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Seven new Royal Society Fellows
16 May 08
Seven out of 44 new Fellows announced by the Royal Society today are Oxford academics. Oxford has more new Fellows this year than any other single institution.
Professor Fraser Armstrong FRS, Professor of Chemistry, Department of Chemistry, Inorganic Chemistry Laboratory
Professor Armstriog is distinguished for revolutionalising the way in which complex electron-transfer processes can be interrogated in proteins. He has pioneered an important electrochemical technique protein film voltammetry. Recently, he has resolved some of the complicated catalytic reactions and active-site transformations of hydrogenases enzymes of importance for future energy technology.
Sir John Bell FRS, Regius Professor of Medicine
Professor Bell has made major contributions to the development of UK clinical and medical science. He founded the Wellcome Trust Centre for Human Genetics in Oxford, the first to focus on the genetics of common diseases, and then led the creation of four other clinical research institutes in Oxford. Underpinning his strategic planning, his own research on the immunogenetics of HLA, T cell receptors and autoimmune diseases has been sustained and ground breaking.
Professor David Deutsch FRS, Visiting Professor, Department of Atomic and Laser Physics, Centre for Quantum Computation, The Clarendon Laboratory
Professor Deutsch laid the foundations of the quantum theory of computation, and has subsequently made or participated in many of the most important advances in the field. He has set the agenda for worldwide research efforts in this new, interdisciplinary field, made progress in understanding its philosophical implications (via a variant of the many-universes interpretation) and made it comprehensible to the general public, notably in his book The Fabric of Reality.
Professor Brian Foster FRS, Professor of Experimental Physics, Department of Physics
Professor Foster is an international leader in the development of accelerators, instrumentation and physics analysis of electron-positron and electron-proton colliders. His vision of a strong UK contribution to this effort and to accelerator science is reflected in his founding the Adams Institute for Accelerator Science in Oxford and RHUL, of which he was the first director.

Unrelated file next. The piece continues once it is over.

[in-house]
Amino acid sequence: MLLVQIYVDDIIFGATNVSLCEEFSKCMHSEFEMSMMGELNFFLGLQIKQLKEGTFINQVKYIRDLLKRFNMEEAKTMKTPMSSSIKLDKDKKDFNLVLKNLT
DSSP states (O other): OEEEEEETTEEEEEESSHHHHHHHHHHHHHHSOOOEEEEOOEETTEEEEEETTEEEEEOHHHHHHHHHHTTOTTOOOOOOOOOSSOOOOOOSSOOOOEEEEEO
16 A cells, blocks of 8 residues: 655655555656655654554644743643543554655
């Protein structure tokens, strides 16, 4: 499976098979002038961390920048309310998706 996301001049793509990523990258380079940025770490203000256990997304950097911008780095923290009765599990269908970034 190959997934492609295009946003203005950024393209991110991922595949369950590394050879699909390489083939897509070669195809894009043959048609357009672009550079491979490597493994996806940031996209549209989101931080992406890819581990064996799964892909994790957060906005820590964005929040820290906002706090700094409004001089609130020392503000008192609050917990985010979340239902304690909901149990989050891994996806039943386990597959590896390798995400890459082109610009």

Professor Russell Foster FRS, Professor of Circadian Neuroscience and Chair, Nuffield Laboratory of Ophthalmology
Russell Foster has made fundamental contributions to the field of biological clocks (circadian rhythms) and the role of a novel photoreceptor in the retina that is critical for the pathway whereby light signals at dawn and dusk entrain the central circadian clock. His earlier research studied non- retinal photoreceptors in the deep brain of birds which are used to regulate seasonal reproduction.
Professor Graham Russell FRS, Professor of Musculoskeletal Pharmacology, The Botnar Research Centre, Nuffield Department of Orthopaedic Surgery and Honorary Consultant, Nuffield Orthopaedic Centre
Graham Russell's research on tissue mineralization and pyrophosphate set the scene for the discovery of bisphosphonates as drugs. He was a leader in that discovery process and in research that led to the application and use of the first generation bisphosphonates. He brought novelty to this field at its very beginning, and again almost 30 years later, with his work on the mechanism of action of these drugs, which are now the major drugs used for treating disorders of bone resorption.
Professor Ulrike Tillmann FRS, Professor of Mathematics, Mathematical Institute and Tutorial Fellow, Merton College
Ulrike Tillmann is a world leader in the study of the moduli space of algebraic curves - an object that is central to algebraic geometry, topology and string theory. Tillmann's highly original contribution was to open it up to the methods of stable homotopy theory thus providing new tools for attacking the structure of this space and also spaces related to graphs and free groups.